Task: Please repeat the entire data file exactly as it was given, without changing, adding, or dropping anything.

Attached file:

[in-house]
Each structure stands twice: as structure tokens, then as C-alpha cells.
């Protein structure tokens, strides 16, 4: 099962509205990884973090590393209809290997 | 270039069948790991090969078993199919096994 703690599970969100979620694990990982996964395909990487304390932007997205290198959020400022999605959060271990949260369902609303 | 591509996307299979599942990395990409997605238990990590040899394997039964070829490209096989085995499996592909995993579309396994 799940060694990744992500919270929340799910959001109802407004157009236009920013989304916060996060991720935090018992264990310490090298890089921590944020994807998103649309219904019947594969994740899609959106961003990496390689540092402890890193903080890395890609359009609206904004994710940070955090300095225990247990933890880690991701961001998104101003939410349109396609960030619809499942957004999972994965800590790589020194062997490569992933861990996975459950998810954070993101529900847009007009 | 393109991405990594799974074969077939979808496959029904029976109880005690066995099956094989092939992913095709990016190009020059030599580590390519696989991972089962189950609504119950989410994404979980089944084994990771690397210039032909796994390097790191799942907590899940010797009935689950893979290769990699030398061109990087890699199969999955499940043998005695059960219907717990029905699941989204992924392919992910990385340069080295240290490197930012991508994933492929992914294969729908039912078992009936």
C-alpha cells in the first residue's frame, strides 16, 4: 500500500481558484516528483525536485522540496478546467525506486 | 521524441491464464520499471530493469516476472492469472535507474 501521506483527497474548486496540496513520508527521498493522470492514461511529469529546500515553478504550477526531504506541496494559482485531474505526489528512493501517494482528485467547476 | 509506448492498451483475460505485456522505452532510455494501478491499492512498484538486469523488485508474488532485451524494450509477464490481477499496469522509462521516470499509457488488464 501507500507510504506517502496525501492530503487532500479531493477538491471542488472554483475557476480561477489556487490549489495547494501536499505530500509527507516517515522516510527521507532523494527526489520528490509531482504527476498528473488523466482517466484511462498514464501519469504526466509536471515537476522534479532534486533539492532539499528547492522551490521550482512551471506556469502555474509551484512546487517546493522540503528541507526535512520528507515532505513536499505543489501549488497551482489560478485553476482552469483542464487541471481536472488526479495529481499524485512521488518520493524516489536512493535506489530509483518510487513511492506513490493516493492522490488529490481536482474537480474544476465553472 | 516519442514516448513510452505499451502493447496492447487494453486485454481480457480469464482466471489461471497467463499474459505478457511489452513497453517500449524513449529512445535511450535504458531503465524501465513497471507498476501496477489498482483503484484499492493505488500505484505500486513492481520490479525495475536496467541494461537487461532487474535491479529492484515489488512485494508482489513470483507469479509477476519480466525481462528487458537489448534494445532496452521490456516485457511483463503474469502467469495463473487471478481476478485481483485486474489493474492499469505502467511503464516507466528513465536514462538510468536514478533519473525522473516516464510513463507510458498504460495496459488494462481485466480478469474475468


[in-house]
Each structure stands twice: as structure tokens, then as C-alpha cells.
């Protein structure tokens, strides 16, 4: 099962509205990884973090590393209809290997 | 270039069948790991090969078993199919096994 703690599970969100979620694990990982996964395909990487304390932007997205290198959020400022999605959060271990949260369902609303 | 591509996307299979599942990395990409997605238990990590040899394997039964070829490209096989085995499996592909995993579309396994 799940060694990744992500919270929340799910959001109802407004157009236009920013989304916060996060991720935090018992264990310490090298890089921590944020994807998103649309219904019947594969994740899609959106961003990496390689540092402890890193903080890395890609359009609206904004994710940070955090300095225990247990933890880690991701961001998104101003939410349109396609960030619809499942957004999972994965800590790589020194062997490569992933861990996975459950998810954070993101529900847009007009 | 393109991405990594799974074969077939979808496959029904029976109880005690066995099956094989092939992913095709990016190009020059030599580590390519696989991972089962189950609504119950989410994404979980089944084994990771690397210039032909796994390097790191799942907590899940010797009935689950893979290769990699030398061109990087890699199969999955499940043998005695059960219907717990029905699941989204992924392919992910990385340069080295240290490197930012991508994933492929992914294969729908039912078992009936």
C-alpha cells in the first residue's frame, strides 16, 4: 500500500481558484516528483525536485522540496478546467525506486 | 521524441491464464520499471530493469516476472492469472535507474 501521506483527497474548486496540496513520508527521498493522470492514461511529469529546500515553478504550477526531504506541496494559482485531474505526489528512493501517494482528485467547476 | 509506448492498451483475460505485456522505452532510455494501478491499492512498484538486469523488485508474488532485451524494450509477464490481477499496469522509462521516470499509457488488464 501507500507510504506517502496525501492530503487532500479531493477538491471542488472554483475557476480561477489556487490549489495547494501536499505530500509527507516517515522516510527521507532523494527526489520528490509531482504527476498528473488523466482517466484511462498514464501519469504526466509536471515537476522534479532534486533539492532539499528547492522551490521550482512551471506556469502555474509551484512546487517546493522540503528541507526535512520528507515532505513536499505543489501549488497551482489560478485553476482552469483542464487541471481536472488526479495529481499524485512521488518520493524516489536512493535506489530509483518510487513511492506513490493516493492522490488529490481536482474537480474544476465553472 | 516519442514516448513510452505499451502493447496492447487494453486485454481480457480469464482466471489461471497467463499474459505478457511489452513497453517500449524513449529512445535511450535504458531503465524501465513497471507498476501496477489498482483503484484499492493505488500505484505500486513492481520490479525495475536496467541494461537487461532487474535491479529492484515489488512485494508482489513470483507469479509477476519480466525481462528487458537489448534494445532496452521490456516485457511483463503474469502467469495463473487471478481476478485481483485486474489493474492499469505502467511503464516507466528513465536514462538510468536514478533519473525522473516516464510513463507510458498504460495496459488494462481485466480478469474475468